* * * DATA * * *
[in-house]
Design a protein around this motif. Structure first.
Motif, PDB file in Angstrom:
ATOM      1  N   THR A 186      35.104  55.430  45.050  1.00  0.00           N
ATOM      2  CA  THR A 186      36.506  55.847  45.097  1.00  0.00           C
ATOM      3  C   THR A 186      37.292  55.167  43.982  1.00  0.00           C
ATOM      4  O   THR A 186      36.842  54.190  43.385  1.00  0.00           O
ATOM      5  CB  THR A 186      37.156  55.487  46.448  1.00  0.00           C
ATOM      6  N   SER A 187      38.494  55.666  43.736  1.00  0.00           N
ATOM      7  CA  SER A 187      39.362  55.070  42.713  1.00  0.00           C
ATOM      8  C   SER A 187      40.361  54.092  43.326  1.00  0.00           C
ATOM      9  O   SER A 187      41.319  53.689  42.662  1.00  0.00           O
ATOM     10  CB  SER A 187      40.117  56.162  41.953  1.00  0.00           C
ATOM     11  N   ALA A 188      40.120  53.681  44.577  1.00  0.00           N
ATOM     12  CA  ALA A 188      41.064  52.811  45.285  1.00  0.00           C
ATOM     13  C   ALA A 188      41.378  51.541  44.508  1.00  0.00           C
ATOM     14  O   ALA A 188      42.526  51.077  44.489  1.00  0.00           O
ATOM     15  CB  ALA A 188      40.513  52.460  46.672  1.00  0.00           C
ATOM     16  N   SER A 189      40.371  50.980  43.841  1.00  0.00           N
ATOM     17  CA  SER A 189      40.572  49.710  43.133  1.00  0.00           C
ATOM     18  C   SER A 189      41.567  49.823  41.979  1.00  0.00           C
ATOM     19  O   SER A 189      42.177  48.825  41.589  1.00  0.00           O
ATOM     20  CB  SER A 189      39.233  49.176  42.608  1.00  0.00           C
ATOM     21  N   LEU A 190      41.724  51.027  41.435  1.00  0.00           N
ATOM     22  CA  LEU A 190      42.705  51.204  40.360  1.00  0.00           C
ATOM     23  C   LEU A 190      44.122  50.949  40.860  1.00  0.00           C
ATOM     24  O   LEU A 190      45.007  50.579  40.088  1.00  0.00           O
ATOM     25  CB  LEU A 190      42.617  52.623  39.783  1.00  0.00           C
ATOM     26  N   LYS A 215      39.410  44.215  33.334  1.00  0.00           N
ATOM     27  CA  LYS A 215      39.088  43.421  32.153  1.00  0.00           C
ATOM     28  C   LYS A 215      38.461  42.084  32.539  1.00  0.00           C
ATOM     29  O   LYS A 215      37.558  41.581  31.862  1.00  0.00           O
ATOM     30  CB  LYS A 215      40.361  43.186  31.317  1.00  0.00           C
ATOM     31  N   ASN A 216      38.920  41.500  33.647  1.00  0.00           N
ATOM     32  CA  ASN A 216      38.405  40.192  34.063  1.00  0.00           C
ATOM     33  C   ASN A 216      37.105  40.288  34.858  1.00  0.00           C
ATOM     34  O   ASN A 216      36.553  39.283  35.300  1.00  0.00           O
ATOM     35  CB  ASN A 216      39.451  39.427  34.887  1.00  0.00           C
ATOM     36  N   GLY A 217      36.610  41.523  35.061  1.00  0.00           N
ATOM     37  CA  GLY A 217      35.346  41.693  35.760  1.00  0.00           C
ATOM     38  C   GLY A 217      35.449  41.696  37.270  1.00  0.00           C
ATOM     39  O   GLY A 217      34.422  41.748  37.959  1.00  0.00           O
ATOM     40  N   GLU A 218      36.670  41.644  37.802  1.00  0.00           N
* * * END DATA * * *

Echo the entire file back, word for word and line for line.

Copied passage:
[in-house]
Design a protein around this motif. Structure first.
Motif, PDB file in Angstrom:
ATOM      1  N   THR A 186      35.104  55.430  45.050  1.00  0.00           N
ATOM      2  CA  THR A 186      36.506  55.847  45.097  1.00  0.00           C
ATOM      3  C   THR A 186      37.292  55.167  43.982  1.00  0.00           C
ATOM      4  O   THR A 186      36.842  54.190  43.385  1.00  0.00           O
ATOM      5  CB  THR A 186      37.156  55.487  46.448  1.00  0.00           C
ATOM      6  N   SER A 187      38.494  55.666  43.736  1.00  0.00           N
ATOM      7  CA  SER A 187      39.362  55.070  42.713  1.00  0.00           C
ATOM      8  C   SER A 187      40.361  54.092  43.326  1.00  0.00           C
ATOM      9  O   SER A 187      41.319  53.689  42.662  1.00  0.00           O
ATOM     10  CB  SER A 187      40.117  56.162  41.953  1.00  0.00           C
ATOM     11  N   ALA A 188      40.120  53.681  44.577  1.00  0.00           N
ATOM     12  CA  ALA A 188      41.064  52.811  45.285  1.00  0.00           C
ATOM     13  C   ALA A 188      41.378  51.541  44.508  1.00  0.00           C
ATOM     14  O   ALA A 188      42.526  51.077  44.489  1.00  0.00           O
ATOM     15  CB  ALA A 188      40.513  52.460  46.672  1.00  0.00           C
ATOM     16  N   SER A 189      40.371  50.980  43.841  1.00  0.00           N
ATOM     17  CA  SER A 189      40.572  49.710  43.133  1.00  0.00           C
ATOM     18  C   SER A 189      41.567  49.823  41.979  1.00  0.00           C
ATOM     19  O   SER A 189      42.177  48.825  41.589  1.00  0.00           O
ATOM     20  CB  SER A 189      39.233  49.176  42.608  1.00  0.00           C
ATOM     21  N   LEU A 190      41.724  51.027  41.435  1.00  0.00           N
ATOM     22  CA  LEU A 190      42.705  51.204  40.360  1.00  0.00           C
ATOM     23  C   LEU A 190      44.122  50.949  40.860  1.00  0.00           C
ATOM     24  O   LEU A 190      45.007  50.579  40.088  1.00  0.00           O
ATOM     25  CB  LEU A 190      42.617  52.623  39.783  1.00  0.00           C
ATOM     26  N   LYS A 215      39.410  44.215  33.334  1.00  0.00           N
ATOM     27  CA  LYS A 215      39.088  43.421  32.153  1.00  0.00           C
ATOM     28  C   LYS A 215      38.461  42.084  32.539  1.00  0.00           C
ATOM     29  O   LYS A 215      37.558  41.581  31.862  1.00  0.00           O
ATOM     30  CB  LYS A 215      40.361  43.186  31.317  1.00  0.00           C
ATOM     31  N   ASN A 216      38.920  41.500  33.647  1.00  0.00           N
ATOM     32  CA  ASN A 216      38.405  40.192  34.063  1.00  0.00           C
ATOM     33  C   ASN A 216      37.105  40.288  34.858  1.00  0.00           C
ATOM     34  O   ASN A 216      36.553  39.283  35.300  1.00  0.00           O
ATOM     35  CB  ASN A 216      39.451  39.427  34.887  1.00  0.00           C
ATOM     36  N   GLY A 217      36.610  41.523  35.061  1.00  0.00           N
ATOM     37  CA  GLY A 217      35.346  41.693  35.760  1.00  0.00           C
ATOM     38  C   GLY A 217      35.449  41.696  37.270  1.00  0.00           C
ATOM     39  O   GLY A 217      34.422  41.748  37.959  1.00  0.00           O
ATOM     40  N   GLU A 218      36.670  41.644  37.802  1.00  0.00           N